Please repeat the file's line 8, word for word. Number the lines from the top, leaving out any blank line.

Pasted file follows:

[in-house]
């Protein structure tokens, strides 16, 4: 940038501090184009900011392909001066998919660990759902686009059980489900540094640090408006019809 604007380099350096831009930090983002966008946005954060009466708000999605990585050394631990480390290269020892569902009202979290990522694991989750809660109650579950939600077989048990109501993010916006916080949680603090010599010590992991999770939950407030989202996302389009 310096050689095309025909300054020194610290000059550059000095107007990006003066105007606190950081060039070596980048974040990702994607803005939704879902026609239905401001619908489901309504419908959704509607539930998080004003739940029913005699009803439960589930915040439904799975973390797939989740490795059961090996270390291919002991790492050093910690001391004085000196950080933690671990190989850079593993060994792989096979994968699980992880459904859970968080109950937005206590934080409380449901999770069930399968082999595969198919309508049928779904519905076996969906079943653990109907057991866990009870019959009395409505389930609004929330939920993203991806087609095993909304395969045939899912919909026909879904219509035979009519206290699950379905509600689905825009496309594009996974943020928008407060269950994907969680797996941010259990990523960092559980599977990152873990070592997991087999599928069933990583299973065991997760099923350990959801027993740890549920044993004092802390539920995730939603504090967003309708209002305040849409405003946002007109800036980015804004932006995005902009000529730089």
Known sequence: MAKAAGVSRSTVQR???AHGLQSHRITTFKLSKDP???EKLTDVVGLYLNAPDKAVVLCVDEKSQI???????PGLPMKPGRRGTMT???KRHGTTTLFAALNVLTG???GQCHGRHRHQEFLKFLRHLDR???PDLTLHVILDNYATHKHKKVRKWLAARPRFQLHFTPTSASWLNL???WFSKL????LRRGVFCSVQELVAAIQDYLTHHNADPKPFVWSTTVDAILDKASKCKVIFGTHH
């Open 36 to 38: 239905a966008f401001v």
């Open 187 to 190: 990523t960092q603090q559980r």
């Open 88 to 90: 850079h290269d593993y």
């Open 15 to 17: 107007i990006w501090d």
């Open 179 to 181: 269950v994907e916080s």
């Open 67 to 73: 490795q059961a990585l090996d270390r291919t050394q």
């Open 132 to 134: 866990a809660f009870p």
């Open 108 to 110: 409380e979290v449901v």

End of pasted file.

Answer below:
């Open 179 to 181: 269950v994907e916080s």